New York Looks at Ways to Control Wild Hogs

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New York is currently considering banning captive wild boar hunts. They are afraid of the devastating damage by wild hogs to crops and wildlife habitat. They already have wild hogs breeding in central New York, with numbers in the hundreds. New York does not want the problem to get as large as Texas, with numbers in the millions, and quickly multiplying. The damage done by wild hogs becomes very apparent when their numbers are in the thousands and they stake out more territory. From AJC.com.

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hunter25's picture

I still don't really think

I still don't really think that hogs are expanding or reproducing as fast as they claim as I see the same numbers every year and have been hearing for twenty years that they will be think in every state in about twenty years. Still has not happened. I think a lot of the expansion people have seen is from transplants not from normal expansion. I think th ecold and snow issue slows themn down but will not stop them at all, I have seen hog hunting wideos in some very cold places. I think they would merely be limited in how many litters they could have every year like rabbits. I read somewhere that rabbits lose thier first and last litter every year for the same reasons. But sespite that they reproduce like crazy and I think that hogs would follow the same pattern. Hunting them doesn't cost as much as other game animals so the best course of action is to travel a little if you want to hunt them, if you wait for them to get to you it could be a very long time befoer they get there.

Ca_Vermonster's picture

I heard someone talking on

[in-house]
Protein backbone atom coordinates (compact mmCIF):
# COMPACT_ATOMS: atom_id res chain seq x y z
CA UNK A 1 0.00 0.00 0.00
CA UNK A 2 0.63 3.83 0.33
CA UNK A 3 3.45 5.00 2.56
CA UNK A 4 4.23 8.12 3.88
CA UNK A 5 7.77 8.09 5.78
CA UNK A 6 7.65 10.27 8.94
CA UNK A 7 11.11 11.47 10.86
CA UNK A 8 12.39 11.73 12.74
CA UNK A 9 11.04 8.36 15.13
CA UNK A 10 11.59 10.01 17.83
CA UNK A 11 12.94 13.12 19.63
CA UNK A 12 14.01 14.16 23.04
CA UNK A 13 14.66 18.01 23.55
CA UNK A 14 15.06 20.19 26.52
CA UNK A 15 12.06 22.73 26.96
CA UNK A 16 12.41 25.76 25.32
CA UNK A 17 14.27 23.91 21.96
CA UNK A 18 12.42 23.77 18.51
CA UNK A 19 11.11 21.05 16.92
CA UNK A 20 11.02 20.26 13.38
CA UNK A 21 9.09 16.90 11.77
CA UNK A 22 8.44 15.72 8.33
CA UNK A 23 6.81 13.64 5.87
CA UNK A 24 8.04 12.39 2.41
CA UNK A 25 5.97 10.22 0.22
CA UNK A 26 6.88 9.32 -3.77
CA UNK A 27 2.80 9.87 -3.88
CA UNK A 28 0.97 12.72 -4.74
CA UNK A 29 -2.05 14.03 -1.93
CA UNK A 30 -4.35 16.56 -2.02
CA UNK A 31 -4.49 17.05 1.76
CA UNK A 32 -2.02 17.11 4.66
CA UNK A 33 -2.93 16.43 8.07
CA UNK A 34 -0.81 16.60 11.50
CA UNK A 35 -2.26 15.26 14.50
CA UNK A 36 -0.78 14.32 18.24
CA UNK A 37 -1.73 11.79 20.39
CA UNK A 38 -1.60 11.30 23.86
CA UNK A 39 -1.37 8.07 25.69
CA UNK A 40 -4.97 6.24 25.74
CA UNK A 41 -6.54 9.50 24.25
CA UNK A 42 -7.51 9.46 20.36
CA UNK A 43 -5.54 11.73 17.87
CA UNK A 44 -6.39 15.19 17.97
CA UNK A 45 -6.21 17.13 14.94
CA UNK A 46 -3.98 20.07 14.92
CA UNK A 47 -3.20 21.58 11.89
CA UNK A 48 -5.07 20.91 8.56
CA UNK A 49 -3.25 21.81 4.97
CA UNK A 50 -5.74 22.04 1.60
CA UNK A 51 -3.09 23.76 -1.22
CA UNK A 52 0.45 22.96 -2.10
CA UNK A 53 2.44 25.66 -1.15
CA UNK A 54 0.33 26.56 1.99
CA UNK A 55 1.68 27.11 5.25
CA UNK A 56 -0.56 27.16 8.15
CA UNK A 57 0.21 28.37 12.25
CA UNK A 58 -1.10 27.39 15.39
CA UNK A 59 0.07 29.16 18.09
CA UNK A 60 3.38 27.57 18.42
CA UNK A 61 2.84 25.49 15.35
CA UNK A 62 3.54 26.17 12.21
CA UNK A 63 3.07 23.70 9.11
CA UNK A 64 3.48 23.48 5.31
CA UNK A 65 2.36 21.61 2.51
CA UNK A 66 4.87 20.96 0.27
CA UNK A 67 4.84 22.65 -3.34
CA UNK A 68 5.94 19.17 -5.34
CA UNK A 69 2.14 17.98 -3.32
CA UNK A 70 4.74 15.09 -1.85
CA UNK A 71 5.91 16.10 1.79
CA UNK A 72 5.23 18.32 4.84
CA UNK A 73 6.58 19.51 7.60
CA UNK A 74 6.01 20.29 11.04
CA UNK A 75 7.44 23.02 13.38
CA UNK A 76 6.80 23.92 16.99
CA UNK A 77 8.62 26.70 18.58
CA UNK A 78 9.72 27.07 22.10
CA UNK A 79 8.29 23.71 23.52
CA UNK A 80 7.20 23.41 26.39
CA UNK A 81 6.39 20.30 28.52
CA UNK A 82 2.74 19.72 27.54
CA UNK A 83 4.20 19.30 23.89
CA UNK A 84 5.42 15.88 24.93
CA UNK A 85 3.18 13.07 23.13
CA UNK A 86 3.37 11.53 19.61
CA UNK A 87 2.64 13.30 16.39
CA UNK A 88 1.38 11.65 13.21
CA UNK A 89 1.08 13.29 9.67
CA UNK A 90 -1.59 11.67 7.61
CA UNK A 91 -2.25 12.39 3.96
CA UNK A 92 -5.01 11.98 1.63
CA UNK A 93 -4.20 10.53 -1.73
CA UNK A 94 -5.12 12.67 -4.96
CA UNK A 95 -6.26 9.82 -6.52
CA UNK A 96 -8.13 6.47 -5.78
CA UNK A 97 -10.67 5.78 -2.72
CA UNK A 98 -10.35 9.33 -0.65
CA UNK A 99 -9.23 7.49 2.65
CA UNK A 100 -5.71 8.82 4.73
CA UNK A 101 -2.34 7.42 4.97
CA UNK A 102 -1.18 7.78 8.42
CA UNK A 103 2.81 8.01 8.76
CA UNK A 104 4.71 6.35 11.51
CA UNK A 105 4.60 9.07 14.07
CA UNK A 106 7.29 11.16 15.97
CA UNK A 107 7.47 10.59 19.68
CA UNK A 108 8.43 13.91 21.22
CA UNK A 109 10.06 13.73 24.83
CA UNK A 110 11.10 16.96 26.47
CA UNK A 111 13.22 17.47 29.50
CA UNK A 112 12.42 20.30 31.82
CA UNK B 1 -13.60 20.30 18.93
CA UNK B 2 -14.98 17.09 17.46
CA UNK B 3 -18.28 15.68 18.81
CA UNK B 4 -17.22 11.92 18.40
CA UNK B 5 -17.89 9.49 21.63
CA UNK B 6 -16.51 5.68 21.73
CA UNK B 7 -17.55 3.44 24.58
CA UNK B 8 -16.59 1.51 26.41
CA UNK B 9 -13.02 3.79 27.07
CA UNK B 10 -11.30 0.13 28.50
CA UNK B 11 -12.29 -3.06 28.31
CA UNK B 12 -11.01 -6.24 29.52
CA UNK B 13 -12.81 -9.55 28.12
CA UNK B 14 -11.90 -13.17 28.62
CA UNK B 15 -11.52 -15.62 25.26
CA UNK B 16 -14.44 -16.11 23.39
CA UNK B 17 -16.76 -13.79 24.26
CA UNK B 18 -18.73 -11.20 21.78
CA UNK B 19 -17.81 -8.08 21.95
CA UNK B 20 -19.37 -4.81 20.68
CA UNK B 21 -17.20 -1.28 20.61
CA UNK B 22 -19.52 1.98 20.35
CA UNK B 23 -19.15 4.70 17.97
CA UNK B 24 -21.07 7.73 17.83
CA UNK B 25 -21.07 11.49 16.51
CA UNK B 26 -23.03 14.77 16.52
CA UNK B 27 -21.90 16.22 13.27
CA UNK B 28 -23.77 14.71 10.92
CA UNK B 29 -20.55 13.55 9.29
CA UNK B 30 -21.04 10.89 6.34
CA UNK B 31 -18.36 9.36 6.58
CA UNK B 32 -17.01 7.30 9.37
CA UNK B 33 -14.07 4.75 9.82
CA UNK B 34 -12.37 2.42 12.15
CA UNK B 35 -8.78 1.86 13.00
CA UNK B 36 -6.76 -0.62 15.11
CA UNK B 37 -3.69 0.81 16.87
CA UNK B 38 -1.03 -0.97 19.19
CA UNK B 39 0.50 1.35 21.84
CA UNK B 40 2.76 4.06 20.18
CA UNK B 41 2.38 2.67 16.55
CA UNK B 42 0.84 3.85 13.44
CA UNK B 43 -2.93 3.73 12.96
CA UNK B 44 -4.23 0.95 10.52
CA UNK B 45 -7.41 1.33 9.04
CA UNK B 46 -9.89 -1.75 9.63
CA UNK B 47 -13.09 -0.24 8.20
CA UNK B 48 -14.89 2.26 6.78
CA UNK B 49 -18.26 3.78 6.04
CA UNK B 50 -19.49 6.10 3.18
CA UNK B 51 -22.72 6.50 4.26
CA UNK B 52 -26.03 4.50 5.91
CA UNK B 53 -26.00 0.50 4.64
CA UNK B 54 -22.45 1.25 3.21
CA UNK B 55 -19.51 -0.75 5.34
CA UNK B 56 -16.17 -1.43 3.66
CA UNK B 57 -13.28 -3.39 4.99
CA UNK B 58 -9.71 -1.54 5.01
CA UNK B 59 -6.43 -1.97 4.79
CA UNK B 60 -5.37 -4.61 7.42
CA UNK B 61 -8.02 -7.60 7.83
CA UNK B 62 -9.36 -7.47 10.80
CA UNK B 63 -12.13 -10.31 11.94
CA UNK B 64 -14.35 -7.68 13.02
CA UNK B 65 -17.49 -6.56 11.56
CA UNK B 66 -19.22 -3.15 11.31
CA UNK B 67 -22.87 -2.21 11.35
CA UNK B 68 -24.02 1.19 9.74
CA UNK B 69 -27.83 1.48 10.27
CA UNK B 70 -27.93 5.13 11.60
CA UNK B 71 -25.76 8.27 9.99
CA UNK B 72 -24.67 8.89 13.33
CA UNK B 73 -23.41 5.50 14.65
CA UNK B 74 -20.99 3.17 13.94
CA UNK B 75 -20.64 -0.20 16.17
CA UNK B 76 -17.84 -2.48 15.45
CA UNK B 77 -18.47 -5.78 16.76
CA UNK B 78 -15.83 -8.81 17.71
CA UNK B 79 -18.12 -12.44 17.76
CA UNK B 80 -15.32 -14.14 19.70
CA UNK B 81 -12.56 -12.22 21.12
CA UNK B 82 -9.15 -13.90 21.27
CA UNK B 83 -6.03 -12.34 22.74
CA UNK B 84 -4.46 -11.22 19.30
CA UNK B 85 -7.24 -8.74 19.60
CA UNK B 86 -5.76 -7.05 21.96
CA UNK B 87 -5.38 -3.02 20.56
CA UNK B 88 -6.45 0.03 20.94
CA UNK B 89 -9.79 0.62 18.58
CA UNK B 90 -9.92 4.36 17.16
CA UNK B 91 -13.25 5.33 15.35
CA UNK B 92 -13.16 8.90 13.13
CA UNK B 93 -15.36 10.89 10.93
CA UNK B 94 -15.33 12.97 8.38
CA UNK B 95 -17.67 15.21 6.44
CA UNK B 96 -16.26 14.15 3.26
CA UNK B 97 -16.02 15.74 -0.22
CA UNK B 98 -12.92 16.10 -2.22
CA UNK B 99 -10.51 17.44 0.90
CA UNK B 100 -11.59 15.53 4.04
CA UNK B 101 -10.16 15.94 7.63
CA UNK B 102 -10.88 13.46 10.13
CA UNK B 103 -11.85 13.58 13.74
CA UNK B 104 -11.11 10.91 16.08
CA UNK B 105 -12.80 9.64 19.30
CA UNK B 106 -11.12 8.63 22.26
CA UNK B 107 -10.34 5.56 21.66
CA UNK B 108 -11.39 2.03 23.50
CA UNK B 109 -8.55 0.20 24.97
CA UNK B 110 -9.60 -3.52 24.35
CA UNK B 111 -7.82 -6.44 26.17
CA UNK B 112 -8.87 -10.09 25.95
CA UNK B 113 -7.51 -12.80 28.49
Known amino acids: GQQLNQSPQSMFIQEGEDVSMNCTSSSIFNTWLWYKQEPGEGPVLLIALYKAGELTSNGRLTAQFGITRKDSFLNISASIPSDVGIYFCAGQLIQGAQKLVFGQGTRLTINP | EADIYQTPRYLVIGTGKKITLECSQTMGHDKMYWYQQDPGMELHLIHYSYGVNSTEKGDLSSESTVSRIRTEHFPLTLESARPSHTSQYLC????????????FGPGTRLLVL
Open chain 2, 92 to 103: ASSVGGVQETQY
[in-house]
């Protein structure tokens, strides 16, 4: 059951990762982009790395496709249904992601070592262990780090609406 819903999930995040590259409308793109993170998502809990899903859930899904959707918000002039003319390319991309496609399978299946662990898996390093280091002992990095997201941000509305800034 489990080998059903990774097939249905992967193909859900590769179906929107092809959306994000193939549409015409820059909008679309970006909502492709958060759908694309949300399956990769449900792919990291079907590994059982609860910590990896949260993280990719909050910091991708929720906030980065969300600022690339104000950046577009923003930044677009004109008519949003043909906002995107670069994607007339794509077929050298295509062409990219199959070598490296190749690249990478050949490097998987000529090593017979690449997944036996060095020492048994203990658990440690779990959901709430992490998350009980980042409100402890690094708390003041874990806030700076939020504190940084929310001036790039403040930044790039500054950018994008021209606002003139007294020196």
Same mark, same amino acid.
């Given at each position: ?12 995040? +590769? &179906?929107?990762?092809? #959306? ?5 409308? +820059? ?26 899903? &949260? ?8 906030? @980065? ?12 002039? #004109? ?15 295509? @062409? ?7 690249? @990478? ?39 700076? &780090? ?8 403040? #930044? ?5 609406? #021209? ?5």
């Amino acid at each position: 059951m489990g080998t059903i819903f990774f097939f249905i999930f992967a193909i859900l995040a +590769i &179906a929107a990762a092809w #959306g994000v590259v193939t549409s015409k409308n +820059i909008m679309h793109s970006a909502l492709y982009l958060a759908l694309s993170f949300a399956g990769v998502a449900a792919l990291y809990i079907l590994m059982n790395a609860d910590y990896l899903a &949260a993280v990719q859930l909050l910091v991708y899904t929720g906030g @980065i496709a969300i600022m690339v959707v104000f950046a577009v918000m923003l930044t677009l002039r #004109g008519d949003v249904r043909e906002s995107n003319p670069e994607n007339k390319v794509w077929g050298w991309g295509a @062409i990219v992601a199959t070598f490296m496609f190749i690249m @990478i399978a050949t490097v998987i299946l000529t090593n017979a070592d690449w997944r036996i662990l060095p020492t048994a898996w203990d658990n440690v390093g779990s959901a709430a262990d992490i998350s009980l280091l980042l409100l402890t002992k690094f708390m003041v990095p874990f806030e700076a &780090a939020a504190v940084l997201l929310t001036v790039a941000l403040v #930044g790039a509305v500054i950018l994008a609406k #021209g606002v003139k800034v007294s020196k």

I heard someone talking on another site, I think, about how they don't think the pigs could ever get a foothold in upstate New York, Vermont, or New Hampshire.  They said that the adults would do okay in winter, but that the piglets would have trouble surviving, especially in areas of deep snow. 

And, that's what really tells if pigs will take off in your area or not, is the survival rate of piglets.  Since they can have a couple of litters a year, and 8-10 piglets a littler, the numbers increase 10 fold.  However, if the winter kill is really large, those piglets will be less likely to do all that reporducing.

I'd like to see them in Vermont, but not holding my breath.

GooseHunter Jr's picture

Weird to hear wild hog and

Weird to hear wild hog and New York on the same sentence.  I am ASSuming that they are referring to the outlying parts and I had no idea that they even had wild hogs.  Yeah I can understand why they may nopt the problem to get out of control, next thing you know they will be running down Wall Street!

groovy mike's picture

Bring it on!

GooseHunter jr – they aren’t talking about New York City but about New York State – sort of like there is more to Texas than downtown Dallas, there is more to New York State than any part of New York City.  We have the largest wild area in the lower 48 with the six million acre Adirondack park for starters and that doesn’t even get into the Central New York farm country for big buck!

The hogs are in southern New York state on the edge of the Pennsylvania border.  I can only hope that they reproduce and move north.  I know of at least two attempts to introduce them into the Adirondack mountains but both attempts were either shot out or winter killed before a breeding population could get established. 

If New York State Department of Environmental Conservation decides to go for an end goal of a reduction in the number of feral pigs then I hope they use hunting to do it.  Even if hunters would not be able to get all of them the population could be so reduced as to not be an issue – at least on lands that allow public hunting.  If there are farmers that are having crops wiped out by the hogs on private land that doesn’t allow hunting access then this is exactly the sort of crisis that might prompt them into opening their land to allow hunting.  This is a win : win on every level for hunters.   It might lead to developing a whole hog hunting industry on private ranches in the state of New York once the game animal potential is recognized by the hunting public at large.  I hope that I get to be among them!